We move to page 154. The walls moan like a grandmother who has walked up too many steps. Then they settle back into their braces. No one else seems to feel the shift when we flip past the gray call-out that details how:
Black girls and women have fewer cases of anorexia and bulimia than white girls and women. Young black women emphasize that beauty is about more than weight and appearance. Full stop.
The footnote is not about wrists in East Africa or period blood spilled in slave ships or stomped jaws in Civil Rights marches or Sunday pressed hair burned up with the bodies or baby bellies full of babies or vaginas gaped open in rape or bodies decaying in poverty or minds that look at words and just see letters or shoulders stuffed in jail cells or crack-rotted teeth or mouths forming all the wrong black things. It’s not a picture of fetishized asses or flared nostrils or begging hands or mothers crying over dead sons’ bodies. There’s no picture. There’s nothing to picture. It’s just a community of women who, by some phantom magic they cooked up within themselves, have learned to exhume their own beauty from the black holes in other people’s hands. It’s just them wrapping it in newspapers and dish towels and gifting it to their daughters generation after generation.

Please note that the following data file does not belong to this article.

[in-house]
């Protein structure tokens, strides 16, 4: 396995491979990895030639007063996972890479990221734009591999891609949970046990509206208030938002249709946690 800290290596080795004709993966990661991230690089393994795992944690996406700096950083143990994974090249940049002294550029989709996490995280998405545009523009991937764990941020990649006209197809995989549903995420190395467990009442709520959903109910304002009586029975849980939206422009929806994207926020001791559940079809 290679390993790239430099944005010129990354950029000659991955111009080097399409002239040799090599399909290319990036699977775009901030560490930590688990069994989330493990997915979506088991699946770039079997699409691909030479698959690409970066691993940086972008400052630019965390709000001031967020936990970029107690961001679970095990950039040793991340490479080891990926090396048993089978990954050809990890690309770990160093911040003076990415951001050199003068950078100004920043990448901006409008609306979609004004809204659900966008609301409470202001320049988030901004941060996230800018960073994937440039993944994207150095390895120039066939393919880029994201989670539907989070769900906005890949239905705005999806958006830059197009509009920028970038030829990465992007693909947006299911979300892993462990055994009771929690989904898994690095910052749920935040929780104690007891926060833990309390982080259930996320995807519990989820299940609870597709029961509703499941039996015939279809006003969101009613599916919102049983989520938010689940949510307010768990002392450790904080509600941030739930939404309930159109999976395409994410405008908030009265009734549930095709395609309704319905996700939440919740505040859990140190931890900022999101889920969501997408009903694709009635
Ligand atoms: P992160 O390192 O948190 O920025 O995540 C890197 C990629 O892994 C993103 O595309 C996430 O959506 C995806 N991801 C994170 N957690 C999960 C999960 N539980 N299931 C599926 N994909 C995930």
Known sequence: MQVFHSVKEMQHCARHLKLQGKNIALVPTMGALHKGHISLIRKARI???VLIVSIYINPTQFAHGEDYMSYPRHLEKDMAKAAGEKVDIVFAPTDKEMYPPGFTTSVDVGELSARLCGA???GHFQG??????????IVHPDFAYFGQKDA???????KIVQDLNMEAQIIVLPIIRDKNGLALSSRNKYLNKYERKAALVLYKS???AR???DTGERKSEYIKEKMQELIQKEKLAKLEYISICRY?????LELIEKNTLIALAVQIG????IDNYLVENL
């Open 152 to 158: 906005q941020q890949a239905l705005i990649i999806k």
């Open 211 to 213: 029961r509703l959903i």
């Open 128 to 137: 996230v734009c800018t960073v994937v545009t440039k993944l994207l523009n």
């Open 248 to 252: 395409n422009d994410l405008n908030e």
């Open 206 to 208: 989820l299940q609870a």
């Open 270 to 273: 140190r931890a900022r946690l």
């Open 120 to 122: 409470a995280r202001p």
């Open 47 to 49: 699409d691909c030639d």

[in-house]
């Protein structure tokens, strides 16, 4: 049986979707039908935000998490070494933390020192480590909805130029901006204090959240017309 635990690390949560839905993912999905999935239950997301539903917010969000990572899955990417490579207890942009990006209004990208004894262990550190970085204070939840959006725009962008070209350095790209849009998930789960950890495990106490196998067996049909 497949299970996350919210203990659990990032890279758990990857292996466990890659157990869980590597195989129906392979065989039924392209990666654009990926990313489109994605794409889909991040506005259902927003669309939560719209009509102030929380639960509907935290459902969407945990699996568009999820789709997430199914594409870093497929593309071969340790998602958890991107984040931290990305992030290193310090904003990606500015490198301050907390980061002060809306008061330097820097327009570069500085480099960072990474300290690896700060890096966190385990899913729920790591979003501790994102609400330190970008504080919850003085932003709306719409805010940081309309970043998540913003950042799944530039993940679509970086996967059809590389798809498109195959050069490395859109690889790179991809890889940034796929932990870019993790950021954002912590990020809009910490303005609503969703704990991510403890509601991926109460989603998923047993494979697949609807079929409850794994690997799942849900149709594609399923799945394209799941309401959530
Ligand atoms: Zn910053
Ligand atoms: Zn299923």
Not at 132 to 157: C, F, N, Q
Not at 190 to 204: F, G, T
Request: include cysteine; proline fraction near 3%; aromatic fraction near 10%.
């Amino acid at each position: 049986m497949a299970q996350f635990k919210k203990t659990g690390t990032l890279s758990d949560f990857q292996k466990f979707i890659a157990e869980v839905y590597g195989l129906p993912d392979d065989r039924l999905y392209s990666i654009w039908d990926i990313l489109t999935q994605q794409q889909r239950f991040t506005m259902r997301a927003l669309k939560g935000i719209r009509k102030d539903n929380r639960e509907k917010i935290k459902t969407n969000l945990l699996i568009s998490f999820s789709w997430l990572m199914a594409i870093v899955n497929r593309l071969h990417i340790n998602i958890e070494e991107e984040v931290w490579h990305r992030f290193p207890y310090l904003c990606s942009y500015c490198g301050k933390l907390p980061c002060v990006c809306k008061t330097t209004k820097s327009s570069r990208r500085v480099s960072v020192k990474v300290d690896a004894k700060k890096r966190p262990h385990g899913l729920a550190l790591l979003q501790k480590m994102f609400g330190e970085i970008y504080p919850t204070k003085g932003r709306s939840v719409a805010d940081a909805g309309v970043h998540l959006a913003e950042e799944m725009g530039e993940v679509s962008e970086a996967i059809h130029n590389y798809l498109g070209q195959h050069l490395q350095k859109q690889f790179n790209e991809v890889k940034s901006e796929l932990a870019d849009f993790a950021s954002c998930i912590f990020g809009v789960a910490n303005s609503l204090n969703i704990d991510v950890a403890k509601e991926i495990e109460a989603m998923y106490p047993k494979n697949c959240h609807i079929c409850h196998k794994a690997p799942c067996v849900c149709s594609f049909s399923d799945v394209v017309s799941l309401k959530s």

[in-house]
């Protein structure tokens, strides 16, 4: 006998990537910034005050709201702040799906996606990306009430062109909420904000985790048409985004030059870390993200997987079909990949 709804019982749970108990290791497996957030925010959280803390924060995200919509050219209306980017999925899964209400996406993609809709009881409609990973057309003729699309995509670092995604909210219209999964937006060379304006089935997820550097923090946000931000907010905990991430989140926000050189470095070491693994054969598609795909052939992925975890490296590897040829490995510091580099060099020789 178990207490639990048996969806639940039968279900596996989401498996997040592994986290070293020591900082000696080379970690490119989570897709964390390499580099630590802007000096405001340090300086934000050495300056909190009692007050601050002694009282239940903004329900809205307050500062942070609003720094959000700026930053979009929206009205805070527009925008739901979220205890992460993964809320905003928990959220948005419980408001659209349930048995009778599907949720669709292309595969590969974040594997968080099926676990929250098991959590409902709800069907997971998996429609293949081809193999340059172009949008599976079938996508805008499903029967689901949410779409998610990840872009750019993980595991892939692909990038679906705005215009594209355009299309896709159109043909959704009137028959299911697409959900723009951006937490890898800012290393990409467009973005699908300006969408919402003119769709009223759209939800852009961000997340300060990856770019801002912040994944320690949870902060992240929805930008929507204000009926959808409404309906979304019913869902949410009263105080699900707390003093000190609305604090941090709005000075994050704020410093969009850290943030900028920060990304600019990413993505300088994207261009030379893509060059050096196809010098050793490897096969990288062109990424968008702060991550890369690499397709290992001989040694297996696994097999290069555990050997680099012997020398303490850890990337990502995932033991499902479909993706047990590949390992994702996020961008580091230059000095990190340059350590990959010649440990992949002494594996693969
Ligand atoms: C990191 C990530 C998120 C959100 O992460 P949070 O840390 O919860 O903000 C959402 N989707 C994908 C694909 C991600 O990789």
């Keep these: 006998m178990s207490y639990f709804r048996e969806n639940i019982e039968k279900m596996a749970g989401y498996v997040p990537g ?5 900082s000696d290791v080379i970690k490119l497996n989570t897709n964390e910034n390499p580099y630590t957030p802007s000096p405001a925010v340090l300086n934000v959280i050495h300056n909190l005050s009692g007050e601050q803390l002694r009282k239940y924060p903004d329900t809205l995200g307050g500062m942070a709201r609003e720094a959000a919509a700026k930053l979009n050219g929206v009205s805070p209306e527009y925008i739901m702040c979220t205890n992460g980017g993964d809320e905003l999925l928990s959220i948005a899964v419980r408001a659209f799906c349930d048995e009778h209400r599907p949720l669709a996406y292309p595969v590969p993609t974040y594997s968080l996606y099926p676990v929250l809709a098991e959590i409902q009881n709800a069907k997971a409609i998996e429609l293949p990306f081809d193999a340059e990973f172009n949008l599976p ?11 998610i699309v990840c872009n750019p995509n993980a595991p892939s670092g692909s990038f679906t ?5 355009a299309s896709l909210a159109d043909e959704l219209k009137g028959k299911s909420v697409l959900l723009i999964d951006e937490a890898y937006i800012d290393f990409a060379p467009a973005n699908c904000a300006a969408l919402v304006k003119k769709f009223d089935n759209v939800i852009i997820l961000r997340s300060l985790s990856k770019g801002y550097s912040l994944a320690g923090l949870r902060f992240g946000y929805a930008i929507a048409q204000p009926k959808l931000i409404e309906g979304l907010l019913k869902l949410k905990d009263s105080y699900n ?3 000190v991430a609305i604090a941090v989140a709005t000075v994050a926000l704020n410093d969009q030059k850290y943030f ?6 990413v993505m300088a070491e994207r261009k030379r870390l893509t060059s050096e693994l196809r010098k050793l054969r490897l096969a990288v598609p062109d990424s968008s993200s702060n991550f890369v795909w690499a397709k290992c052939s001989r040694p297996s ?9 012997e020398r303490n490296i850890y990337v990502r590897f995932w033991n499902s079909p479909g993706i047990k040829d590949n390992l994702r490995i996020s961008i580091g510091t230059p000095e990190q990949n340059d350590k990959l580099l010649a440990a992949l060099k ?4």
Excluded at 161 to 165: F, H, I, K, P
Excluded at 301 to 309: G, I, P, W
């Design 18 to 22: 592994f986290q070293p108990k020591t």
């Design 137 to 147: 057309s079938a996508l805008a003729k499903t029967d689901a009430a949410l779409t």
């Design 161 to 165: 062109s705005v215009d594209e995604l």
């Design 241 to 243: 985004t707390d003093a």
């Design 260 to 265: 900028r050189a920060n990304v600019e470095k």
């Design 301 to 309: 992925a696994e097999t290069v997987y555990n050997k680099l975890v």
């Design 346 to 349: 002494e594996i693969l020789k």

I dug for seventeen years to find this one statistic in a textbook. With no footnote. I’m at a full stop. The class spills on to somewhere else. I can’t go with them. It took me so long to get here.